Another in a weekly series designed to help readers with business terminology.
If discussions of health care reform sound like alphabet soup to you -- what with the CHPAs, HMOs and PPOs -- well, here is another acronym to add to the pot: AHPs.
AHPs, or Accountable Health Partnerships, are the entities that are allowed to solicit business from employers and employees belonging to "chippas" or Community Healthcare Purchasing Alliances (CHPAs).
AHPs can be formed by insurers or health maintenance organizations (HMOs), which take on the financial risk of health coverage. The AHPs link these insurers or HMOs to health care providers, such as doctors, hospitals, clinics or labs.
An insurer or HMO must be licensed by the state as an AHP to be empowered to pitch to chippa members. The chippas then standardize all of the pitches for the benefit of the chippa members.
Despite their narrow base, AHPs can offer a variety of health care plans and coverage options -- adding up once again to alphabet soup for health care consumers to digest.
Let's examine the many common types of health coverage offered by AHPs:
+ Indemnity insurance coverage: traditional insurance paying 100 percent of patients' costs regardless of the doctors they use.
+ HMOs: health maintenance organizations that usually cover 100 percent of the costs if patients see HMO doctors.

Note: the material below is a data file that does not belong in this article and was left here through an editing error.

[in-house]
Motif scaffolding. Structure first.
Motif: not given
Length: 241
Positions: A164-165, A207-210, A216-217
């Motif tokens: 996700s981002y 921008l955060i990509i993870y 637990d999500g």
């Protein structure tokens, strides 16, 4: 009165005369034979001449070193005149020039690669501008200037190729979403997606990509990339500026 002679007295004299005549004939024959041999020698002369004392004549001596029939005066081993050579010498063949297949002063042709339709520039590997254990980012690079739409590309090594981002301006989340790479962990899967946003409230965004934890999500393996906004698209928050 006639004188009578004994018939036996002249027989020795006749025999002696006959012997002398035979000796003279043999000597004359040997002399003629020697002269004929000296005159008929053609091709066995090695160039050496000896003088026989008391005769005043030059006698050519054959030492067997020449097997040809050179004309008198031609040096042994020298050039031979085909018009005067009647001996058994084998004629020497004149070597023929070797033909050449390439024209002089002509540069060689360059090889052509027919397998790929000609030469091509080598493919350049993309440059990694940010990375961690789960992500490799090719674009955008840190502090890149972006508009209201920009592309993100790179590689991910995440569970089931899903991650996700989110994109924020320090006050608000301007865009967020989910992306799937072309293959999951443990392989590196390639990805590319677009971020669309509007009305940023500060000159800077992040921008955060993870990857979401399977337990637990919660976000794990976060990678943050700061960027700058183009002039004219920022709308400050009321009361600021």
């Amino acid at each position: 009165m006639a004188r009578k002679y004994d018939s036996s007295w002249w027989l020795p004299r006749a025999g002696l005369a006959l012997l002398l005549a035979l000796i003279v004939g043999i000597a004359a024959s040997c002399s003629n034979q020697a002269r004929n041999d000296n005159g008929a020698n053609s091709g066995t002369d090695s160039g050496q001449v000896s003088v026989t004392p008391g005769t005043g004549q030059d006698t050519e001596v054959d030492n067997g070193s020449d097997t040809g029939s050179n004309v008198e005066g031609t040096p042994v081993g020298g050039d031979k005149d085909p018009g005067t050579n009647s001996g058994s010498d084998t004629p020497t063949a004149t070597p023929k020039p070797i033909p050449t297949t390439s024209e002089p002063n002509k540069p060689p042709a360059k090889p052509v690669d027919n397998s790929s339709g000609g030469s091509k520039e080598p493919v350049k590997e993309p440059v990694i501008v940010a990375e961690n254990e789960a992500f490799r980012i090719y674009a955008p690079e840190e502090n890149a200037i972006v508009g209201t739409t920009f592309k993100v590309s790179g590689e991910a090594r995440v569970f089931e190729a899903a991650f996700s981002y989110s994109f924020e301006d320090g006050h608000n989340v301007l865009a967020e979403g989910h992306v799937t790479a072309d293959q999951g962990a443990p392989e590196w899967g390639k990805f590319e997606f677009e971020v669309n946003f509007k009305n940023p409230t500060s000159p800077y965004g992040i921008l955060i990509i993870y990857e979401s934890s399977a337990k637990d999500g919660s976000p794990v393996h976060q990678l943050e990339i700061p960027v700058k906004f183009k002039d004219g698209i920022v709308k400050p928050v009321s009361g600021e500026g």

+ PPOs: preferred provider organizations, networks of care providers who negotiate discounted rates with insurers. Consumers can see a PPO doctor and have all or most of the cost covered, or they can visit a doctor not in the PPO but have to pay a higher percentage of the cost themselves -- usually 20 to 30 percent.
Here are some uncommon yet increasingly popular types of coverage offered by AHPs:
+ AHPs can offer POS HMOs, a newly popular kind of HMO that is less regimented. POS refers to point-of-service, meaning that the plan allows patients to see doctors outside the HMO, but it pays only most of the cost, usually 70 percent.
PC PPOs: PPOs that are similar to POS HMOs in that they offer patients choice but usually at a higher cost. The PC refers to "primary care," meaning a patient must get an okay for treatment from a "primary care" physician within the PPO to go to a specialty doctor and be covered 100 percent. If the patient doesn't receive approval, then visits the specialist, it is only partly covered.
+ EPOs: exclusive provider organizations are insurance companies' answer to HMOs. Insurers by law can't own HMOs directly, so some major insurers have formed EPOs, which employ doctors. Patients can only go to EPO doctors for full coverage.
With such an array of choices, "it is only getting more and more complex as health reform progresses," commented William Norsworthy, president of SunHealth Care Plans, a preferred provider organization in Clearwater.
_ DENISE SMITH AMOS